I had a go at Blender again tonight, since I’m taking the laptop away and would like a modelling tool to play with on it. XSI would normally be my first choice, but it requires carrying around a dongle that I’d prefer not to lose whilst on my travels. Plus, Blender is a little easier on the system requirements, and I keep meaning to learn it anyway. The user interface wasn’t quite as daunting as I remember, still a little bonkers but workable if you twist your brain into its shape.
I’ve been doing some profiling on critical sections, to see just how much time they do take to acquire and release when there is no contention. On my 3GHz P4, over 200 million successful locks, the average time was 0.000073055 milliseconds, or about 73 nanoseconds. That sounds pretty quick, but in fact it’s a fair amount of time given that a single CPU cycle lasts about a third of a nanosecond - a little over 200 cycles then.
I thought before I got any deeper into the background loading code, I thought I’d do a bit more digging on the performance of the approach I was planning to use to make sure I wasn’t barking up the wrong tree. I was particularly concerned that the major synchronisation primitive in Boost.Thread uses is called a mutex, and many of you will know that mutexes are expensive (in Windows anyway) since they involve a transition from user to kernel mode in all cases.
Well, as I’d hoped I got New Super Mario Bros today from my wife, and a bit of a cracker it is too. It really does capture the core essence of the enduring all-time classic 2D platformer (in my opinion) Super Mario World, but brings it up to date technically and adds a whole bunch of twists that have been introduced in more recent 3D Mario incarnations, like wall-jumping and butt-stomping.
There’s unlikely to be much coding done this weekend since both my wife and I have birthdays 😀I fixed a couple more bugs and did a Dagon -> Eihort merge last night but that’s probably all I’ll have time for until next week now. I’m part way through some threaded loading enhancements but that’s going to need some more time to mature before it’s totally ready, and I also have to brush up a little more on Collada, since I’ll be demoing Ogre at the Sony/Collada Birds of a Feather at Siggraph in just over a couple of weeks.
Well, yesterday I had an utterly unsporting stomach bug of some sort that took me out for 12 hours. I basically stayed at home all day and didn’t feel up to anything (no, not even my new glossy DS Lite) except a little reading and TV. I even found myself watching the Bloomberg channel at one point without realising, my eyes glazed over, absorbing financial information at some subconscious level in my sickly stupor.
Ok, so I caved. Just over 2 weeks since I bought my wife a white DS Lite, I couldn’t stand it anymore - I bought myself a black one. Going back to the original DS, most noticeably of all the old screen brightness, was painful after having another one in the house chucking photons about with wild abandon. Ok, so I don’t have that much time to play on the DS, but the time I do spend will now be even better 😀Hell, the way I see it is that it’s my birthday at the weekend so this is a present to myself.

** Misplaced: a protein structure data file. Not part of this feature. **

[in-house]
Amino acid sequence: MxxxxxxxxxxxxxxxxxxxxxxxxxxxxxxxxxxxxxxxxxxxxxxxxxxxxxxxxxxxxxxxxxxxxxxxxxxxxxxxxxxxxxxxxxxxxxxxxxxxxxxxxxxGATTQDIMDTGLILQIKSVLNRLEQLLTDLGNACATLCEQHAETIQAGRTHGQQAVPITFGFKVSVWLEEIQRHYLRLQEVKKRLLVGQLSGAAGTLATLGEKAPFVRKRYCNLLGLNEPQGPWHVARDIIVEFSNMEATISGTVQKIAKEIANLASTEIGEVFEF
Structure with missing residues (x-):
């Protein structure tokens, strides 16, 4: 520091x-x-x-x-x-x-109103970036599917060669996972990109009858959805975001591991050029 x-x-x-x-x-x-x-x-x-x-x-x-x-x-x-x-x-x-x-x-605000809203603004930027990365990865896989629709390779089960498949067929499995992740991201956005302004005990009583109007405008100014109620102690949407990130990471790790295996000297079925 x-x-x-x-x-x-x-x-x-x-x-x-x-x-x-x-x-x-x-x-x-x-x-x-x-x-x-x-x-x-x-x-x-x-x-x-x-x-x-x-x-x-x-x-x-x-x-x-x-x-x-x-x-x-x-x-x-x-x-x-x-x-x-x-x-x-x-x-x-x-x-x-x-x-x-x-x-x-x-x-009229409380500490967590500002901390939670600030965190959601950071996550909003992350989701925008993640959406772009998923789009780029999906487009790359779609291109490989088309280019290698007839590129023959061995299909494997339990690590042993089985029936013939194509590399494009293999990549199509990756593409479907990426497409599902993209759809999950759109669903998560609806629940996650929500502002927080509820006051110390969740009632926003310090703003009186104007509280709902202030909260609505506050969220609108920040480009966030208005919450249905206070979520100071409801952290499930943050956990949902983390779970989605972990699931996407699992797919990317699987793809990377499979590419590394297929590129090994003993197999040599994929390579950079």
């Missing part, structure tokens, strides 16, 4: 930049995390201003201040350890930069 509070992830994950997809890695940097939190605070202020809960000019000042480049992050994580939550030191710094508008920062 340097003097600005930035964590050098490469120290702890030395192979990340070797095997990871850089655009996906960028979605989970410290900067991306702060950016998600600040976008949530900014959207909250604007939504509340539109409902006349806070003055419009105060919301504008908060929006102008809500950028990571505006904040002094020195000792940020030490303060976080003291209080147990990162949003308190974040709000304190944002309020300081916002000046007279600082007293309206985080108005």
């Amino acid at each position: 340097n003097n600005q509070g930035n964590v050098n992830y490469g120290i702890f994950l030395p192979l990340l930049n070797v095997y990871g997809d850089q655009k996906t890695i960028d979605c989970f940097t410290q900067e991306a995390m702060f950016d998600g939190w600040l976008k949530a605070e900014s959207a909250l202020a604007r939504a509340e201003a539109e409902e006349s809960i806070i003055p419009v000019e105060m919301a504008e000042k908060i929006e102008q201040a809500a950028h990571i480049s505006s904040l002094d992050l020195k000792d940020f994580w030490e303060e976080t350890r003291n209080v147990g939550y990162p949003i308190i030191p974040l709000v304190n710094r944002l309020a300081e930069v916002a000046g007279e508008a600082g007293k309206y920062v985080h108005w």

The Radeon X1x00 range supposedly supports Shader Model 3. Except of course, that it doesn’t. 😉 ATI have exploited a loophole in the DirectX9 SM3 definition that says to be SM3 compliant, you have to implement vertex texture fetch. However, it gives manufacturers flexibility over which texture formats it can support in the vertex pipeline (nVidia support PF_FLOAT32_R and PF_FLOAT32_RGBA in Ogre pixelformat conventions), and what it doesn’t say is that you have to support at least one texture format as a vertex texturing source.
I don’t claim to be an expert in software design, but I think I’ve learned a few things over the years. As I’ve wrestled with a few problems recently, I began to think about the approach that I generally take to the process of design. It’s influenced by books I’ve read, multiple projects that I’ve been involved in, and some of my gut feelings. You may agree or disagree, but I felt it would be good, even just for myself, to write down the tenets that I’ve come to regard as core to my design approach.
… in a roundabout way 😀 I always expected the outcome of the OpenDocument vs Office ‘Open’ XML (the quotes are mine ;)) to be that Microsoft would add limited OpenDocument support to Office 2007 - enough to claim the bullet point, but basically the minimum possible interoperability to claim that feature. But, they’ve pleasantly surprised me. Instead they’ve given the project to 3rd parties (allowing them, I note, to stick to their original pledge of not supporting OpenDocument in Office itself whilst still making sure it gets done), but most interestingly the project will be open source, under a BSD license, and will get some level of resourcing from Microsoft, presumably in the form of both some cash and advice.